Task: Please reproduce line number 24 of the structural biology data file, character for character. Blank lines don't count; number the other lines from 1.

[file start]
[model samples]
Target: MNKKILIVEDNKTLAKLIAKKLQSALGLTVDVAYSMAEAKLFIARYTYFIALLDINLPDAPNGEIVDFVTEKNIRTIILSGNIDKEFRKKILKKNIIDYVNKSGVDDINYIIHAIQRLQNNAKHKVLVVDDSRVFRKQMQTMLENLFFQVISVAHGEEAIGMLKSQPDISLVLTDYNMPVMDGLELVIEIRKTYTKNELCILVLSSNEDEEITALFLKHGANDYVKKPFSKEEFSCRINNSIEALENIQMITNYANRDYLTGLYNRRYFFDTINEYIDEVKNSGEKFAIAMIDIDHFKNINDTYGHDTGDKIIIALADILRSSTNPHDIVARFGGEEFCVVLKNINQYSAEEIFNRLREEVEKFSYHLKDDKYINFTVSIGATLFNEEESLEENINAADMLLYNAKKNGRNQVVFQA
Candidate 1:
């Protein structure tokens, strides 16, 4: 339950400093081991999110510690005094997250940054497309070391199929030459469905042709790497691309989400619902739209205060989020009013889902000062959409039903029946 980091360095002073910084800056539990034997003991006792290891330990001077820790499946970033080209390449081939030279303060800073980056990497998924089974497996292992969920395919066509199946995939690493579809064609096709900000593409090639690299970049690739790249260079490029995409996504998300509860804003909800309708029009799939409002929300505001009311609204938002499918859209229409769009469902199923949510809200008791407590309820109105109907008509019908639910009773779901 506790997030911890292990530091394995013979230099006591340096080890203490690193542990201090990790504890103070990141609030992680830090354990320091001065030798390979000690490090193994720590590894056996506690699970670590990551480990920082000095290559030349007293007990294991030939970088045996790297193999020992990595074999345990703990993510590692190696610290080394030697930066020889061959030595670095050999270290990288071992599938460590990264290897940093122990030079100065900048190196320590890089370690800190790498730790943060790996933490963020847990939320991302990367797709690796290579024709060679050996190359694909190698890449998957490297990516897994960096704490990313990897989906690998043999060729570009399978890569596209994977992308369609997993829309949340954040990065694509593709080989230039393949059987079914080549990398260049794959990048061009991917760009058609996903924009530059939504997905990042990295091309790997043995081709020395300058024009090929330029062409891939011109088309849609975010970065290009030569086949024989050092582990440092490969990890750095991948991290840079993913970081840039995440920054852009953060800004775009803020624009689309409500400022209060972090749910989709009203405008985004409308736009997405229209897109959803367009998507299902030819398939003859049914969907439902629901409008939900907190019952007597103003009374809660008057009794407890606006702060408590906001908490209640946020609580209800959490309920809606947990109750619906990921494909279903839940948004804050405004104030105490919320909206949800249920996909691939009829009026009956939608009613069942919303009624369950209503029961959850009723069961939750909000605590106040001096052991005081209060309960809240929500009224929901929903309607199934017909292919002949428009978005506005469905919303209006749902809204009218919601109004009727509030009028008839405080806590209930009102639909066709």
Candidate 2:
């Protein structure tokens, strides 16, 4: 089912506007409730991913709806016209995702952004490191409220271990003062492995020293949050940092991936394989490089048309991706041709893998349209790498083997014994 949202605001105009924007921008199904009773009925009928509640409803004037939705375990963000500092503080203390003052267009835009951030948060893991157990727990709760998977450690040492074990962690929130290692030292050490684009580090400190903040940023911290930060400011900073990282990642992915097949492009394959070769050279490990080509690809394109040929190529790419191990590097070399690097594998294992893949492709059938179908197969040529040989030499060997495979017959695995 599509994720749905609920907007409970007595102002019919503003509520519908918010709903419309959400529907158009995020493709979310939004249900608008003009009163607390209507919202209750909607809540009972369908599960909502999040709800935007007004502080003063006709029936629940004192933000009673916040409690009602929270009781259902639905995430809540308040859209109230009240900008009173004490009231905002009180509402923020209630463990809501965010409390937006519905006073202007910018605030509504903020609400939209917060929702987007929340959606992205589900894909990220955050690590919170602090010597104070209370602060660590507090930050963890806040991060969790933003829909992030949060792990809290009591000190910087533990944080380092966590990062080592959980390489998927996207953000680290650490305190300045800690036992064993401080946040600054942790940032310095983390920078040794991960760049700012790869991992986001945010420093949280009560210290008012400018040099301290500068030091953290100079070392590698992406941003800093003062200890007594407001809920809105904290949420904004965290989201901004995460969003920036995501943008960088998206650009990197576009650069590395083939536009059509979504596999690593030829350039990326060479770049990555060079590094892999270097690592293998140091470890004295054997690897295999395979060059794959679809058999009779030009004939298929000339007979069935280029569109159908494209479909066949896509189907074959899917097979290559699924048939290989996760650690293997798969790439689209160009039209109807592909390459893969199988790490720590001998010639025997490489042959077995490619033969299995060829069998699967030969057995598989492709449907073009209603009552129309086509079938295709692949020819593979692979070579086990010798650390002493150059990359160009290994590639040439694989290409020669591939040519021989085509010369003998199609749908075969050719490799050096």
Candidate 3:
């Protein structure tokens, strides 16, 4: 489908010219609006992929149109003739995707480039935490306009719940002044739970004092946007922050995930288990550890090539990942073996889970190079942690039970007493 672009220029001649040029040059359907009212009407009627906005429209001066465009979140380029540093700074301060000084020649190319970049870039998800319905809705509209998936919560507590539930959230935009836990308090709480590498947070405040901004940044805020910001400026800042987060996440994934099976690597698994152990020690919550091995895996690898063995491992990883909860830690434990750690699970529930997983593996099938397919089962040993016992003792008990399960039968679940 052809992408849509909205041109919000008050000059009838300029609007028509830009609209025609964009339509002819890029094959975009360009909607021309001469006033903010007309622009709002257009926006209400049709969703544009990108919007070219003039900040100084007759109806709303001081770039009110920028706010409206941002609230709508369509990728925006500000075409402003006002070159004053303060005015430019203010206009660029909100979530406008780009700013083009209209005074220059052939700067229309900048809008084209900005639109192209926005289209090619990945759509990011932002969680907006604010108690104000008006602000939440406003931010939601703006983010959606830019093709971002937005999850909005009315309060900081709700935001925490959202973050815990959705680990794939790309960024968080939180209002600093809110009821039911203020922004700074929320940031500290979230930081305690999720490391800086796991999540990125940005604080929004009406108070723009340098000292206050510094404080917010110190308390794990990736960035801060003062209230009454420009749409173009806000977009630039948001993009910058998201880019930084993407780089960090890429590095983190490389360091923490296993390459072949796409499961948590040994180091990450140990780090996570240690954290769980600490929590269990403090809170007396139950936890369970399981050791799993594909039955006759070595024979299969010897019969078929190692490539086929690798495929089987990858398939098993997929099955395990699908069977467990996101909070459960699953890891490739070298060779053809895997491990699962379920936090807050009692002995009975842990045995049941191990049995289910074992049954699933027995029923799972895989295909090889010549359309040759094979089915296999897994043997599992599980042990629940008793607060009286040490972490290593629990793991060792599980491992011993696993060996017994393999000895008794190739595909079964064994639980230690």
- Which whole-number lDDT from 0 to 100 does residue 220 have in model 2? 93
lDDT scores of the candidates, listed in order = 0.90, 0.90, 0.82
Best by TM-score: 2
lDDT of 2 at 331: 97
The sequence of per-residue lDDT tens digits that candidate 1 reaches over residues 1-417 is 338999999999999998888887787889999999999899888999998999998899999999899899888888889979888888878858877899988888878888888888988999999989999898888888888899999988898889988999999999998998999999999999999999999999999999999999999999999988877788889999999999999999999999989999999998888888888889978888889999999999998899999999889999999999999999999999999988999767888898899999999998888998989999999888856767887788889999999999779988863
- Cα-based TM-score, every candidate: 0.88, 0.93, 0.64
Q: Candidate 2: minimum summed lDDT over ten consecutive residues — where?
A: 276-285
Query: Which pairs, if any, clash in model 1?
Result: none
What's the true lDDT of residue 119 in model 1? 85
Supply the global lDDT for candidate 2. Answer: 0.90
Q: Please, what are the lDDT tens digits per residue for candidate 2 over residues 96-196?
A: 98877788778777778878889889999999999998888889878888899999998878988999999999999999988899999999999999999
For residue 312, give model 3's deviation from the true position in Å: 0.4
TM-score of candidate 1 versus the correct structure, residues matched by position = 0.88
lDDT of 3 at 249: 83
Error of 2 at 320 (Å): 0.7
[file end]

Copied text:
TM-score of candidate 1 versus the correct structure, residues matched by position = 0.88